The Minority in Parliament has raised a red flag over the government’s recent move to either merge the National Investment Bank (NIB) with the Agricultural Development Bank (ADB) or potentially collapse NIB altogether.
This initiative, aimed at creating the National Development Bank to address the struggles faced by both financial institutions, has sparked controversy and allegations of a hidden agenda.
Minority Spokesperson on Finance, Isaac Adongo, addressed the media in Parliament on Thursday, September 28, accusing the government of using the merger as a pretext to sell off the two banks to government cronies. Adongo asserted that this maneuver is part of a broader state capture effort, driven by motives other than the best interests of NIB.
“It is clear that this is not about the interest of NIB. This is the last step towards passing through the back door to acquire NIB and ADB for themselves in a state capture,” Adongo declared during the press conference.
The Minority has called on the government to address the debt owed to the bank and implement measures to ensure its sustainability.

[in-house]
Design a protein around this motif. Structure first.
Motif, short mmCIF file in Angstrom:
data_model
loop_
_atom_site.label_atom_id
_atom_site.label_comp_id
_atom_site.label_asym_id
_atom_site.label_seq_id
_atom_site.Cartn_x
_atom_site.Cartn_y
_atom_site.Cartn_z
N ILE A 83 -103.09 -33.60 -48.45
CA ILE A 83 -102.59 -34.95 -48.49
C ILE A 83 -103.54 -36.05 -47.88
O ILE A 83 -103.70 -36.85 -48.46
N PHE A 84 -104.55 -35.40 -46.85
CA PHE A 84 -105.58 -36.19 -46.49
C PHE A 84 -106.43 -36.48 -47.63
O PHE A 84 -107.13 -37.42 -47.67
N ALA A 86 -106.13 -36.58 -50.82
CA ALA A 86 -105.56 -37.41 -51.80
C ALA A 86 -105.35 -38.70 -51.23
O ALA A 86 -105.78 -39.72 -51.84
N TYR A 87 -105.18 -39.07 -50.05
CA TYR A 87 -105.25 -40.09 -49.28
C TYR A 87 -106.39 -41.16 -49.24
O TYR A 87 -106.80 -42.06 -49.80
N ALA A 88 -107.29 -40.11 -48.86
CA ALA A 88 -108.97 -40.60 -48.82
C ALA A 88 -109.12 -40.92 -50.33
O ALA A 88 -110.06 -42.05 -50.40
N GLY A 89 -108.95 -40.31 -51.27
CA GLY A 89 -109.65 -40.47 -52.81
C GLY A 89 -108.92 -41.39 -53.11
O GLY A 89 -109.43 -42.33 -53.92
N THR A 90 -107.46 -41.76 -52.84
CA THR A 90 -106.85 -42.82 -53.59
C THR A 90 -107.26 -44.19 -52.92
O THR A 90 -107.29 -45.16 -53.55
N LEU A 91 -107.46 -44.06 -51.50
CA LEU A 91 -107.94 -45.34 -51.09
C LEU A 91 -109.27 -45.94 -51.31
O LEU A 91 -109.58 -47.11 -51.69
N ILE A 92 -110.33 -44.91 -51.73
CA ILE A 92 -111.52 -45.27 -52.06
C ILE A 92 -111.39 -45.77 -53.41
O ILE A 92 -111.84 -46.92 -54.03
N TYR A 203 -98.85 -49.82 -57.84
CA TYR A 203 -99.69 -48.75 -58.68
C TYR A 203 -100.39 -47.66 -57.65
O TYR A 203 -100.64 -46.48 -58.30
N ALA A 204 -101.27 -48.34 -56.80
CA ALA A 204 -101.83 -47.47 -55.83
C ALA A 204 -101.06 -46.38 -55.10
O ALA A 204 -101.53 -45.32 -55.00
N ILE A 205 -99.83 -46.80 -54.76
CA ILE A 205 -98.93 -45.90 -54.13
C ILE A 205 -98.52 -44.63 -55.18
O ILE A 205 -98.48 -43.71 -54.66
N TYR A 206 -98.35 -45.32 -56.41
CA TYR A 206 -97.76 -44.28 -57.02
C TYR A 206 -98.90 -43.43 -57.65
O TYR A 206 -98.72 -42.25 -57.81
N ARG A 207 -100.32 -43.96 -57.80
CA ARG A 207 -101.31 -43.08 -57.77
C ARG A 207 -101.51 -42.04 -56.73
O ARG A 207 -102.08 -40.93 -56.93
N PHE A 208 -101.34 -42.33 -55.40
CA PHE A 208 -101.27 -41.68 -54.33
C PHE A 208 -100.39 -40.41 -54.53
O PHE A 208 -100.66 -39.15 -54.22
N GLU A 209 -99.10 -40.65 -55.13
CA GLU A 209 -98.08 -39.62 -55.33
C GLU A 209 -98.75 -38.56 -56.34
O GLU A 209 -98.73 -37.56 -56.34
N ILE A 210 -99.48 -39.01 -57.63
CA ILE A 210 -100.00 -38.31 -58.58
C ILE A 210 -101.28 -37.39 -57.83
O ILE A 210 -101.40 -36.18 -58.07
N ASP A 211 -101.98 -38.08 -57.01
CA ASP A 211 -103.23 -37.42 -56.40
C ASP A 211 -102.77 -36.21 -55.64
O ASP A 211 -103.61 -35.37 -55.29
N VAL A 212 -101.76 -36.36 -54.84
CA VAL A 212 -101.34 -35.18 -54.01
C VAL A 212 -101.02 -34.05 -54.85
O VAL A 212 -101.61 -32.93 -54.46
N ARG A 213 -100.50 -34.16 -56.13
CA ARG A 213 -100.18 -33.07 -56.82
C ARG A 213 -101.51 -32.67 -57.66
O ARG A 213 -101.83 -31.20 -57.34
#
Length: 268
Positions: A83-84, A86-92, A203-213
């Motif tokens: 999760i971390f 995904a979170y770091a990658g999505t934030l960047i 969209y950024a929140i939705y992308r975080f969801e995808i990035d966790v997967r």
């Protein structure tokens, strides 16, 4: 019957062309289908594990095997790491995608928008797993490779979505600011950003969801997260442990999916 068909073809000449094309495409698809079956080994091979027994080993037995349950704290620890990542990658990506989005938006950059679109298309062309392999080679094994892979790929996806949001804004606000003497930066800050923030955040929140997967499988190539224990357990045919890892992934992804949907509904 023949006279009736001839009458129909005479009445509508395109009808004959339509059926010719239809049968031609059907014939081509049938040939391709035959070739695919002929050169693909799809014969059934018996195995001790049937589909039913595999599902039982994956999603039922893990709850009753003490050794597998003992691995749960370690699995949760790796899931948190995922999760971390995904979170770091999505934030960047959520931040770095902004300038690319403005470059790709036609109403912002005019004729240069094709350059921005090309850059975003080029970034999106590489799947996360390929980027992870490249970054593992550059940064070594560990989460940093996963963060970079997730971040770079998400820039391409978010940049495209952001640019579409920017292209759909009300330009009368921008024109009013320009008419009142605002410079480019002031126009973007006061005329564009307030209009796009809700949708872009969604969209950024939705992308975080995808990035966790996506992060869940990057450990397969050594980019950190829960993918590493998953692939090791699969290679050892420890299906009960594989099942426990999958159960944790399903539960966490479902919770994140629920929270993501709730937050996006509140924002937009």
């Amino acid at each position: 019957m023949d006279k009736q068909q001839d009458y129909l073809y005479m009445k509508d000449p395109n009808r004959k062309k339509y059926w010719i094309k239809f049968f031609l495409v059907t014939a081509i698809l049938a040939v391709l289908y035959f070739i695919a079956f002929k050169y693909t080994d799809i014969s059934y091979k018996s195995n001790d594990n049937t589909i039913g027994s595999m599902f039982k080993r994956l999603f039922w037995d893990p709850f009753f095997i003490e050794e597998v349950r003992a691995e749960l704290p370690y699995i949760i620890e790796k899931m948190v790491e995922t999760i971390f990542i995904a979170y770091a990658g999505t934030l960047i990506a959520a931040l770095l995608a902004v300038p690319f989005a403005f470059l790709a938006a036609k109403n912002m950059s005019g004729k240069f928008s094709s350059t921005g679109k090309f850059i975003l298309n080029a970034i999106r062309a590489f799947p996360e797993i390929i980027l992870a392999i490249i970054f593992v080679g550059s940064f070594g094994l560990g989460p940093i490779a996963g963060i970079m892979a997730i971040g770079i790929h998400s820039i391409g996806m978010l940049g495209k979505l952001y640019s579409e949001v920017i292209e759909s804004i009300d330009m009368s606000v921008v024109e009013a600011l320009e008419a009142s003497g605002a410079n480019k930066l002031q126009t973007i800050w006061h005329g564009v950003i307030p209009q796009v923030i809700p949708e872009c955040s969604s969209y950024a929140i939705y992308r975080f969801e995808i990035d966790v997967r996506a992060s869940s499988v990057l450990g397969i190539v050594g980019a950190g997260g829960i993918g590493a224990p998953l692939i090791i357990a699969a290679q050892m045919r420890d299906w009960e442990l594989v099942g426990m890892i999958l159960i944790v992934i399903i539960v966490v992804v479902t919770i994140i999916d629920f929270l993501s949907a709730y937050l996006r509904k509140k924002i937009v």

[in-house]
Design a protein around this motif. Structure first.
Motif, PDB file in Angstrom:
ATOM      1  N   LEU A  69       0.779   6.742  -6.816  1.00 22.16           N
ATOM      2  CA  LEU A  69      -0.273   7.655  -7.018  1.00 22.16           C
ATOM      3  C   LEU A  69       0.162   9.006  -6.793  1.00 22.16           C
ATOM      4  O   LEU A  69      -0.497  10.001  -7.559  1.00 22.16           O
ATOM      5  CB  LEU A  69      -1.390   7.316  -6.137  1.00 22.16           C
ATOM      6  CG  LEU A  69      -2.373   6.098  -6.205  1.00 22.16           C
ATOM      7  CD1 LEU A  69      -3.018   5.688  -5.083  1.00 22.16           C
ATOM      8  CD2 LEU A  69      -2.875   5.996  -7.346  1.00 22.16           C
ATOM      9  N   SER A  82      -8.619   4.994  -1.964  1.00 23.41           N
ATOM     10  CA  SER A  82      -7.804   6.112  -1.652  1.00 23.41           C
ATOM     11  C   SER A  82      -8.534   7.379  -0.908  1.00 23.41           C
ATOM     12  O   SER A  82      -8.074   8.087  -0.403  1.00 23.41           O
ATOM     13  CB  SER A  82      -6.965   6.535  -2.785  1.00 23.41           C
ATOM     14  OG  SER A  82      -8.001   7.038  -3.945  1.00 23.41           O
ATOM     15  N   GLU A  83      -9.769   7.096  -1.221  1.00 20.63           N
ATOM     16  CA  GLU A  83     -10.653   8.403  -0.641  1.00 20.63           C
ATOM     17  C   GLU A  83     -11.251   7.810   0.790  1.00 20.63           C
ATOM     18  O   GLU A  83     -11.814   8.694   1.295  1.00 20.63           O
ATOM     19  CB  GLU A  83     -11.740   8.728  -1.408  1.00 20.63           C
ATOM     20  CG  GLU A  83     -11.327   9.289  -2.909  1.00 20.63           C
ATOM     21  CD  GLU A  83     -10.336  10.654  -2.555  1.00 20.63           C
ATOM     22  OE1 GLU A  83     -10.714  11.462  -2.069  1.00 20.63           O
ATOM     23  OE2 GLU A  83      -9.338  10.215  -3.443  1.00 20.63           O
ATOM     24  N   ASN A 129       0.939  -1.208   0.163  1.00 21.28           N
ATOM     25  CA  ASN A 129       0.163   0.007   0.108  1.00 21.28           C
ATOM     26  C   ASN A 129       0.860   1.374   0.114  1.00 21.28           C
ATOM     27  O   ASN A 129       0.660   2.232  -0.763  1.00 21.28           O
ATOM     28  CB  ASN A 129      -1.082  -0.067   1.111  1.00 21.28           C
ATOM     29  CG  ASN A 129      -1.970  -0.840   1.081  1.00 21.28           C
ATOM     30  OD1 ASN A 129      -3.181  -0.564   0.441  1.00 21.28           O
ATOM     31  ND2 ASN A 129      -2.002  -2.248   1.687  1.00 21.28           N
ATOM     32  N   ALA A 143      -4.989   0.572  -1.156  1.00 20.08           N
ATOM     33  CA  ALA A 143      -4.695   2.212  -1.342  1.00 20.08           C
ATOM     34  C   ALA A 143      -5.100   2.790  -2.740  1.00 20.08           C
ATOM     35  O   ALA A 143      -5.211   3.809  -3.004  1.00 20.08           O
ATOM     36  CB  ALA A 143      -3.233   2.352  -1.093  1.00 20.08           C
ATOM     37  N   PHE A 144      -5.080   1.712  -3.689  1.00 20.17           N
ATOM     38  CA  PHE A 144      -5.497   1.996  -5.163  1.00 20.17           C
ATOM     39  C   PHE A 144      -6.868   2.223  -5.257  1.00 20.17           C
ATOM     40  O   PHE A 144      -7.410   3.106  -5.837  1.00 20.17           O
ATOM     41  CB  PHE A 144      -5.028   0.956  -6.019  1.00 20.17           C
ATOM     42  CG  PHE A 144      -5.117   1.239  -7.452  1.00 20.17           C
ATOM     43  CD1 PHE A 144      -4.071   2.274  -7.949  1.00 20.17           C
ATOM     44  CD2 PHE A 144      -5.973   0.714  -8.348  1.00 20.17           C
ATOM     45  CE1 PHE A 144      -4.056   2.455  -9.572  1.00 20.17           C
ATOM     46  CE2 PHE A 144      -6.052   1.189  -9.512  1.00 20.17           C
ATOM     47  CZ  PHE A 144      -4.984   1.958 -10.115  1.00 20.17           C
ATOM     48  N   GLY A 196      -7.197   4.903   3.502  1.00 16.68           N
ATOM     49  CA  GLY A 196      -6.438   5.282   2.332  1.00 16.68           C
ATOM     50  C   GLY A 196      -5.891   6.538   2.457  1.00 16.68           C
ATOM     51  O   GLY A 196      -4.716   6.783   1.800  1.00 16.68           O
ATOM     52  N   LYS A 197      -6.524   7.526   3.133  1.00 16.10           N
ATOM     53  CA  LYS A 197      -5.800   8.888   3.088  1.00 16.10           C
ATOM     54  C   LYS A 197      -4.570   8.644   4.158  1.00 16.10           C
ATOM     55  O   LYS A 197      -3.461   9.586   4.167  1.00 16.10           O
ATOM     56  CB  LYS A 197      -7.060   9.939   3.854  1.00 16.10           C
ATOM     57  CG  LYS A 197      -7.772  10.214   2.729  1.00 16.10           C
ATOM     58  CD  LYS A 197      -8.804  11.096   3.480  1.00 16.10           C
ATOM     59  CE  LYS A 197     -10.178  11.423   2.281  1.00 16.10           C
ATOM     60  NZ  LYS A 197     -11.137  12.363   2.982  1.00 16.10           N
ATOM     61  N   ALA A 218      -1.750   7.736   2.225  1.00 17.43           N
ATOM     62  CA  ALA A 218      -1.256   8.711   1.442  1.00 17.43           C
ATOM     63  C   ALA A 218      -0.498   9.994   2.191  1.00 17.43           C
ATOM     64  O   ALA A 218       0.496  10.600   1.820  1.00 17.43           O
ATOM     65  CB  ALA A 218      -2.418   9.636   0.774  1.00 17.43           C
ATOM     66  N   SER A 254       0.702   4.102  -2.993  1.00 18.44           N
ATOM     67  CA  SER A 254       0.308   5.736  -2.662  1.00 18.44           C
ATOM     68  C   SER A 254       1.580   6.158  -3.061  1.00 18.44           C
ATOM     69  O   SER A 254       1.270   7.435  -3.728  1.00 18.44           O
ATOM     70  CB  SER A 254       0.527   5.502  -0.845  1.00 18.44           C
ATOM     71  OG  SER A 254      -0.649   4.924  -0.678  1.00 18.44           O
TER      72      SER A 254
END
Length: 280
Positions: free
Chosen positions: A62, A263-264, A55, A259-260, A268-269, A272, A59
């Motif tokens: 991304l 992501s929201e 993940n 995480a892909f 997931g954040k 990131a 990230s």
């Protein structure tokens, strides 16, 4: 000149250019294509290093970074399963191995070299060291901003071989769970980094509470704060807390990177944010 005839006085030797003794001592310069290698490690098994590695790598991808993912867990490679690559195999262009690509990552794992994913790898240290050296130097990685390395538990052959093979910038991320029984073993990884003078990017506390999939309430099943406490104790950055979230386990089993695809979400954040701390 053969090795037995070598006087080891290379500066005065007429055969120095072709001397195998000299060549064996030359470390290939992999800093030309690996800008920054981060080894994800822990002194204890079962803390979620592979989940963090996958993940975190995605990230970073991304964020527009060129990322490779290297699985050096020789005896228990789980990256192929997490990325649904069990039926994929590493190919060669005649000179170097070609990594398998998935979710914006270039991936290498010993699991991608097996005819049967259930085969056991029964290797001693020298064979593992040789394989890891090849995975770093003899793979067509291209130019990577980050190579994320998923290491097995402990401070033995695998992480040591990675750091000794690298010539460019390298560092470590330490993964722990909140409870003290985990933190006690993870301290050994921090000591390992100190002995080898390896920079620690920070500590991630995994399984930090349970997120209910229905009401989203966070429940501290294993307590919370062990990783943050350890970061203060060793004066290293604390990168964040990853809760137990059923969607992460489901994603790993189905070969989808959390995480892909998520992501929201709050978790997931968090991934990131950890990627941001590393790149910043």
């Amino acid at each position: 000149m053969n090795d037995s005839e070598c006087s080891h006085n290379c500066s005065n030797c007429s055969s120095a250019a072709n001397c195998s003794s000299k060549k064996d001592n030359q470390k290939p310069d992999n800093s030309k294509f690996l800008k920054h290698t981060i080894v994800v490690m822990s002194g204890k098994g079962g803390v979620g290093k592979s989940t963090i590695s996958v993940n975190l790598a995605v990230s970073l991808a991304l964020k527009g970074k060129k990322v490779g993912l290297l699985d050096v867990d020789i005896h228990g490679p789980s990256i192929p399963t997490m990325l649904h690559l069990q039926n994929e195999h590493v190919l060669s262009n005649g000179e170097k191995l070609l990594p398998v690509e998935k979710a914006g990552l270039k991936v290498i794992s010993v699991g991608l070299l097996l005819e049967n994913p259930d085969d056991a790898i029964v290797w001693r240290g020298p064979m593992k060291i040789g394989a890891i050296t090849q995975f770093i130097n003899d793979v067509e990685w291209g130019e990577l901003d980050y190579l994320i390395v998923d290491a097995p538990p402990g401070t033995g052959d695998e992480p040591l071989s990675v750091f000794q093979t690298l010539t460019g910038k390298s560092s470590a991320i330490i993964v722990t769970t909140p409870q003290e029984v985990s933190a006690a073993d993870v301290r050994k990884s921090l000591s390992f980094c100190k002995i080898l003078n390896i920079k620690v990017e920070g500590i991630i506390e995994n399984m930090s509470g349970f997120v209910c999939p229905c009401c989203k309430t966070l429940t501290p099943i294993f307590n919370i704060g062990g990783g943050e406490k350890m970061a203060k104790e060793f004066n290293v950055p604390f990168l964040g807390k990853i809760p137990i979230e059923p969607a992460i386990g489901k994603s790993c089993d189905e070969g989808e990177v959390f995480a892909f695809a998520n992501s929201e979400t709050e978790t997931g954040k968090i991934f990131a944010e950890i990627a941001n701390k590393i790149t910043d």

Adongo proposed a debt restructuring plan that involves swapping NIB’s debts owed to the government for equity, stating, “Government should just restructure the balance sheet of NIB to swap all the NIB debt that it owes to the government and give government equity. The money is already sitting there. Commit to saying that this is my contribution towards capitalization so that we issue shares to you and move the money to equity.”
Adongo further highlighted concerns about the potential loss of approximately 800 jobs if the merger proceeds as planned, as well as the outstanding payments to contractors engaged by NIB for government projects. He criticized Finance Minister Ken Ofori-Atta’s refusal to settle these outstanding debts, which has contributed to NIB’s financial woes.
The government’s proposed merger of NIB and ADB has ignited a fierce debate in Parliament, with the Minority demanding transparency and accountability in the process while raising concerns about the fate of these financial institutions and the broader implications for the country’s banking sector.